Abstract

The Weather and Research and Forecasting Model (WRF) is used to simulate secondary eyewall formation (SEF) in a tropical cyclone (TC) on the β plane. The simulated SEF process is accompanied by an outward expansion of kinetic energy and the TC warm core. An absolute angular momentum budget demonstrates that this outward expansion is predominantly a symmetric response to the azimuthal-mean and wavenumber-1 components of the transverse circulation. As the kinetic energy expands outward, the kinetic energy efficiency in which latent heating can be retained as local kinetic energy increases near the developing outer eyewall.

The kinetic energy efficiency associated with SEF is examined further using a symmetric linearized, nonhydrostatic vortex model that is configured as a balanced vortex model. Given the symmetric tangential wind and temperature structure from WRF, which is close to a state of thermal wind balance above the boundary layer, the idealized model provides the transverse circulation associated with the symmetric latent heating and friction prescribed from WRF. In a number of ways, this vortex response matches the azimuthal-mean secondary circulation in WRF. These calculations suggest that sustained azimuthal-mean latent heating outside of the primary eyewall will eventually lead to SEF. Sensitivity experiments with the balanced vortex model show that, for a fixed amount of heating, SEF is facilitated by a broadening TC wind field.

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Christopher M. Rozoff, Wayne H. Schubert, Brian D. McNoldy, and James P. Kossin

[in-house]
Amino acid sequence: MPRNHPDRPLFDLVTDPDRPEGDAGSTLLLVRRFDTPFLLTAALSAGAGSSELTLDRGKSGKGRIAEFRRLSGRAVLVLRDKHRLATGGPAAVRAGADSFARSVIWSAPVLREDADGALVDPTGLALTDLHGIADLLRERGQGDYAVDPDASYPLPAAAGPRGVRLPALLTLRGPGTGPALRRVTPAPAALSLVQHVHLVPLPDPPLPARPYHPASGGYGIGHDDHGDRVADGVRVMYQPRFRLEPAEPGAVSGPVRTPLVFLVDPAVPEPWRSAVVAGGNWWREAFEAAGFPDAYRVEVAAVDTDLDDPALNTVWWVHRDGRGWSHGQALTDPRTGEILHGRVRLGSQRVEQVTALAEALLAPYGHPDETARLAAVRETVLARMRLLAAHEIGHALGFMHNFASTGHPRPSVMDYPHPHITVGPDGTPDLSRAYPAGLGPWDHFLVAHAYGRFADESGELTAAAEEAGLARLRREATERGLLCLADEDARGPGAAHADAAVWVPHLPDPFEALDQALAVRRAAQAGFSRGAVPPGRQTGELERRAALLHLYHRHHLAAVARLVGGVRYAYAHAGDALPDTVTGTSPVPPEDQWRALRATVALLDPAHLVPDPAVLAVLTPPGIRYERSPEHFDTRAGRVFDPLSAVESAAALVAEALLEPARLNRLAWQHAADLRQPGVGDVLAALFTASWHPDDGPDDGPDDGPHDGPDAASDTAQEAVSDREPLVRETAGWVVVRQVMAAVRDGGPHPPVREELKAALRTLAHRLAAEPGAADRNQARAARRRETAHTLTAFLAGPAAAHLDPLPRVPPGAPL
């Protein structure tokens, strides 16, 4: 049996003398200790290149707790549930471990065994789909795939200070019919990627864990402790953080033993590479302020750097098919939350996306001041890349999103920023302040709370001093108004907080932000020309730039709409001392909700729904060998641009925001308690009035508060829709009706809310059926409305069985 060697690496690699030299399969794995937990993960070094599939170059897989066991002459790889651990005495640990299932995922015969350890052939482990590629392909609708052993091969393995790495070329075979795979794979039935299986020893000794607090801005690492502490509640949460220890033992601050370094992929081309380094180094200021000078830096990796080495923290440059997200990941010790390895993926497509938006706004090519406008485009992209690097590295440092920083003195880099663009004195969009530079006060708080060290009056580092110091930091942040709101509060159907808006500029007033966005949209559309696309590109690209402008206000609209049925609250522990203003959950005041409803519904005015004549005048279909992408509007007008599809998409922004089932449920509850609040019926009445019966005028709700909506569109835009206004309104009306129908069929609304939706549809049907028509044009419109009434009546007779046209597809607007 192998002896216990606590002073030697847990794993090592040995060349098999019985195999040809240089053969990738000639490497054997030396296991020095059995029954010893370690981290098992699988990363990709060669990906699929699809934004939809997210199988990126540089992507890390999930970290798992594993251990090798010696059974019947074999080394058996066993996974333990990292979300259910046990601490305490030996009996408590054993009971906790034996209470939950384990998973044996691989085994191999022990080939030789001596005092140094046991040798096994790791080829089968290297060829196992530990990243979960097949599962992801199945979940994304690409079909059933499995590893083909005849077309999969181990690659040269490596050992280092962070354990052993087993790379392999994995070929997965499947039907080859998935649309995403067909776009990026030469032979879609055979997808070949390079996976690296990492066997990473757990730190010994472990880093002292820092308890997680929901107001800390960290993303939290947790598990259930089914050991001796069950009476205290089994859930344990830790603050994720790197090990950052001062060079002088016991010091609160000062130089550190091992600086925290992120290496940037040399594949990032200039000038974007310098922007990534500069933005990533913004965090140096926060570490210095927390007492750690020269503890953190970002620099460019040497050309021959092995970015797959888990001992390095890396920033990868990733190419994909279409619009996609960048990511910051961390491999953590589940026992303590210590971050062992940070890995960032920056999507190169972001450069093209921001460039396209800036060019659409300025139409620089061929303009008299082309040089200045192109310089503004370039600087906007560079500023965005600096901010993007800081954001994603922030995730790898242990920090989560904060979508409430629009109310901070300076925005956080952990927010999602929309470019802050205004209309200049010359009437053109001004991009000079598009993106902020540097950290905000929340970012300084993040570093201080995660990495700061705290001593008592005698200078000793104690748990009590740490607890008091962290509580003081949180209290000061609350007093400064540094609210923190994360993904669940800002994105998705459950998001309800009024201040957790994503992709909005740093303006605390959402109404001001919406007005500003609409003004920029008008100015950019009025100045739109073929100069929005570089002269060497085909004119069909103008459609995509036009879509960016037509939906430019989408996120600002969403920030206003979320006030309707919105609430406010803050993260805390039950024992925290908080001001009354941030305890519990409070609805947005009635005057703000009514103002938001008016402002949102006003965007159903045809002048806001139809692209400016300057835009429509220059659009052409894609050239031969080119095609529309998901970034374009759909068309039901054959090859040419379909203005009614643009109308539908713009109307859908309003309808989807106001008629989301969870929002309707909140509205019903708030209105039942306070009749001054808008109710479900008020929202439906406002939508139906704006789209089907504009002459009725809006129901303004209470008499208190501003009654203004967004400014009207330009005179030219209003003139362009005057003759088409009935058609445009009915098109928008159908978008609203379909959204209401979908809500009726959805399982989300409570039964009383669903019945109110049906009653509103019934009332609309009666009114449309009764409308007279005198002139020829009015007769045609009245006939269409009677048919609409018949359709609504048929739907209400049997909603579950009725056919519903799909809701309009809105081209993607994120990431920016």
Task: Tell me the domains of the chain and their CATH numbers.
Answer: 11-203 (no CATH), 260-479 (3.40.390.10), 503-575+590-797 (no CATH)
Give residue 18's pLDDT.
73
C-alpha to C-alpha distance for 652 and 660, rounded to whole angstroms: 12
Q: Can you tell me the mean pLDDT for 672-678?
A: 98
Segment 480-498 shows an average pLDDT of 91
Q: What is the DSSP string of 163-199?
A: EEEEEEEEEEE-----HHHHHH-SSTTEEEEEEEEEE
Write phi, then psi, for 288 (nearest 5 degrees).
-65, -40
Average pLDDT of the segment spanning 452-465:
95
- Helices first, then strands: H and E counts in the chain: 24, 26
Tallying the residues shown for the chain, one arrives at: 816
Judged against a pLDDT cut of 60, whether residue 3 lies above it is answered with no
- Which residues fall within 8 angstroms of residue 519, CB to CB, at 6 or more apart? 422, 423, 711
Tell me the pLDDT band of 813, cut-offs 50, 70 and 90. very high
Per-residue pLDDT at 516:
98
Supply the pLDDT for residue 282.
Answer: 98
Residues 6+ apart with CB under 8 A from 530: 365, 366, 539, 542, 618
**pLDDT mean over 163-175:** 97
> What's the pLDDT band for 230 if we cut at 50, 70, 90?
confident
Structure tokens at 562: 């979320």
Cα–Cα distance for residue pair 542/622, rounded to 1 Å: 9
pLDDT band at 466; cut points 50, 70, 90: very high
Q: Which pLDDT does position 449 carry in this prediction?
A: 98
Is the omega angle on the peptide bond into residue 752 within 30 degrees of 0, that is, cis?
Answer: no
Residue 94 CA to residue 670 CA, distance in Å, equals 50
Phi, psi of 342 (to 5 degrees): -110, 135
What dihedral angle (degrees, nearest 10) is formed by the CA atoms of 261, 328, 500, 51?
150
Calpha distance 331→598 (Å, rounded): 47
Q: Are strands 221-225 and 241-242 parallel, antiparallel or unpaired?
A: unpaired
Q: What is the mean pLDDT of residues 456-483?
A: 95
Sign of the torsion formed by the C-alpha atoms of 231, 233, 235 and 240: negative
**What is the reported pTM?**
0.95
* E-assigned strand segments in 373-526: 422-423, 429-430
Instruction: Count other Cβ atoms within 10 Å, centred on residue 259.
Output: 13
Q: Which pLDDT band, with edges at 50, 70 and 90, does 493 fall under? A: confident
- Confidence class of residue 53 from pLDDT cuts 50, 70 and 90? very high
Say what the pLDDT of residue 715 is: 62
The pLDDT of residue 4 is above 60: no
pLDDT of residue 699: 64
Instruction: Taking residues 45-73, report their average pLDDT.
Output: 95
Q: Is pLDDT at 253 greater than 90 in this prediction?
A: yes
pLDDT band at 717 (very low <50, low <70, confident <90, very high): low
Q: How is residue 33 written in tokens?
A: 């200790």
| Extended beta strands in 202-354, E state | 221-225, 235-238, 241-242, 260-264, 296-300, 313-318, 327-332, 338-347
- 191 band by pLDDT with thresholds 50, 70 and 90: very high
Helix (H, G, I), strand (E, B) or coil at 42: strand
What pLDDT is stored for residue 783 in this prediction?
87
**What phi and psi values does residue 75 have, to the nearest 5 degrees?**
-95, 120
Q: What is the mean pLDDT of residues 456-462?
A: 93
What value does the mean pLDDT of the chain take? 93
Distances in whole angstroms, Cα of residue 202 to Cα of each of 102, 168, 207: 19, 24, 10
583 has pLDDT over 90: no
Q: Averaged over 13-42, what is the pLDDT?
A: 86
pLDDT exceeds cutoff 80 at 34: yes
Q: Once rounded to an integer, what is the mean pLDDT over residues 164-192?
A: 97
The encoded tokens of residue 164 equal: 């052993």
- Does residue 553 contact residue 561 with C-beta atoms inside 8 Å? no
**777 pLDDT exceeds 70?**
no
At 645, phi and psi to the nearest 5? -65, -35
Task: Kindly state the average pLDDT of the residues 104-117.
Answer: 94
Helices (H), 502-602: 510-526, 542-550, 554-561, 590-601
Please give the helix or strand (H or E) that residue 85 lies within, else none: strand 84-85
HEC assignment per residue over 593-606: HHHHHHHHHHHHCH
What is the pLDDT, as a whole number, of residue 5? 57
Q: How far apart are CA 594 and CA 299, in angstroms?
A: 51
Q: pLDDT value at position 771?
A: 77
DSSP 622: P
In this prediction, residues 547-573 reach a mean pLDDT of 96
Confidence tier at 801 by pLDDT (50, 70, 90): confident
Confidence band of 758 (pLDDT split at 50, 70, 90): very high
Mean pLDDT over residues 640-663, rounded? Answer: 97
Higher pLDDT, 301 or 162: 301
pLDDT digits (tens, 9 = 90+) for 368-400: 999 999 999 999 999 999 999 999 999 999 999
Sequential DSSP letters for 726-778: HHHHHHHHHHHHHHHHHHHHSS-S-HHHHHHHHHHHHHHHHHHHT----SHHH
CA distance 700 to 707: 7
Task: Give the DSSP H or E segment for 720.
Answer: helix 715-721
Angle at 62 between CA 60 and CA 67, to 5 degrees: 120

Abstract

Intense tropical cyclones often possess relatively little convection around their cores. In radar composites, this surrounding region is usually echo-free or contains light stratiform precipitation. While subsidence is typically quite pronounced in this region, it is not the only mechanism suppressing convection. Another possible mechanism leading to weak-echo moats is presented in this paper. The basic idea is that the strain-dominated flow surrounding an intense vortex core creates an unfavorable environment for sustained deep, moist convection. Strain-dominated regions of a tropical cyclone can be distinguished from rotation-dominated regions by the sign of S 2 1 + S 2 2ζ 2, where S 1 = uxυy and S 2 = υx + uy are the rates of strain and ζ = υxuy is the relative vorticity. Within the radius of maximum tangential wind, the flow tends to be rotation-dominated (ζ 2 > S 2 1 + S 2 2), so that coherent structures, such as mesovortices, can survive for long periods of time. Outside the radius of maximum tangential wind, the flow tends to be strain-dominated (S 2 1 + S 2 2 > ζ 2), resulting in filaments of anomalous vorticity. In the regions of strain-dominated flow the filamentation time is defined as τ fil = 2(S 2 1 + S 2 2ζ 2)−1/2. In a tropical cyclone, an approximately 30-km-wide annular region can exist just outside the radius of maximum tangential wind, where τ fil is less than 30 min and even as small as 5 min. This region is defined as the rapid filamentation zone. Since the time scale for deep moist convective overturning is approximately 30 min, deep convection can be significantly distorted and even suppressed in the rapid filamentation zone. A nondivergent barotropic model illustrates the effects of rapid filamentation zones in category 1–5 hurricanes and demonstrates the evolution of such zones during binary vortex interaction and mesovortex formation from a thin annular ring of enhanced vorticity.